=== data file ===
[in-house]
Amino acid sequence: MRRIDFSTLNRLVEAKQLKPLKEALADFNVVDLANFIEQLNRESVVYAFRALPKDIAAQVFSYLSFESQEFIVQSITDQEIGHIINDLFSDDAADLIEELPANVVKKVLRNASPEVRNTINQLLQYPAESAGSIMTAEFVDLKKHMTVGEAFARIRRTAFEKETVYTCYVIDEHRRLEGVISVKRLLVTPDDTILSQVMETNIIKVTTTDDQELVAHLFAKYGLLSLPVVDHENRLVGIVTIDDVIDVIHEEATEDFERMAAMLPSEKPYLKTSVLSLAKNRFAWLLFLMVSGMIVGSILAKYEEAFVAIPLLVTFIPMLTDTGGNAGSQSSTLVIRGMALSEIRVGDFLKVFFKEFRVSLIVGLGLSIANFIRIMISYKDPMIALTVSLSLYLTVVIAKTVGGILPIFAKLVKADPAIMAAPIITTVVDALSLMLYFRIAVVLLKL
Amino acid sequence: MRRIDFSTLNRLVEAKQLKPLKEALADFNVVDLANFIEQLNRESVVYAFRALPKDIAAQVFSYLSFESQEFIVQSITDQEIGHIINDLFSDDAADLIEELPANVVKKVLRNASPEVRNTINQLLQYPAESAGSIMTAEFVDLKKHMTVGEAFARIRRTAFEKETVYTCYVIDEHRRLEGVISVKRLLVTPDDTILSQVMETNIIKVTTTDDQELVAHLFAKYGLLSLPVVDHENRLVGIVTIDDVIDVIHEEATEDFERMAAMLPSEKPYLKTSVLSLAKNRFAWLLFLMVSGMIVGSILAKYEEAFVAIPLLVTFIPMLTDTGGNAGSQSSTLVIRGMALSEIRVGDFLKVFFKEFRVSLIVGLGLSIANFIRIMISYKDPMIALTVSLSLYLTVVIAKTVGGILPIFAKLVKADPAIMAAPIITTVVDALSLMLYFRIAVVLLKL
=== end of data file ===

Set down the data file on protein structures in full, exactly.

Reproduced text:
[in-house]
Amino acid sequence: MRRIDFSTLNRLVEAKQLKPLKEALADFNVVDLANFIEQLNRESVVYAFRALPKDIAAQVFSYLSFESQEFIVQSITDQEIGHIINDLFSDDAADLIEELPANVVKKVLRNASPEVRNTINQLLQYPAESAGSIMTAEFVDLKKHMTVGEAFARIRRTAFEKETVYTCYVIDEHRRLEGVISVKRLLVTPDDTILSQVMETNIIKVTTTDDQELVAHLFAKYGLLSLPVVDHENRLVGIVTIDDVIDVIHEEATEDFERMAAMLPSEKPYLKTSVLSLAKNRFAWLLFLMVSGMIVGSILAKYEEAFVAIPLLVTFIPMLTDTGGNAGSQSSTLVIRGMALSEIRVGDFLKVFFKEFRVSLIVGLGLSIANFIRIMISYKDPMIALTVSLSLYLTVVIAKTVGGILPIFAKLVKADPAIMAAPIITTVVDALSLMLYFRIAVVLLKL
Amino acid sequence: MRRIDFSTLNRLVEAKQLKPLKEALADFNVVDLANFIEQLNRESVVYAFRALPKDIAAQVFSYLSFESQEFIVQSITDQEIGHIINDLFSDDAADLIEELPANVVKKVLRNASPEVRNTINQLLQYPAESAGSIMTAEFVDLKKHMTVGEAFARIRRTAFEKETVYTCYVIDEHRRLEGVISVKRLLVTPDDTILSQVMETNIIKVTTTDDQELVAHLFAKYGLLSLPVVDHENRLVGIVTIDDVIDVIHEEATEDFERMAAMLPSEKPYLKTSVLSLAKNRFAWLLFLMVSGMIVGSILAKYEEAFVAIPLLVTFIPMLTDTGGNAGSQSSTLVIRGMALSEIRVGDFLKVFFKEFRVSLIVGLGLSIANFIRIMISYKDPMIALTVSLSLYLTVVIAKTVGGILPIFAKLVKADPAIMAAPIITTVVDALSLMLYFRIAVVLLKL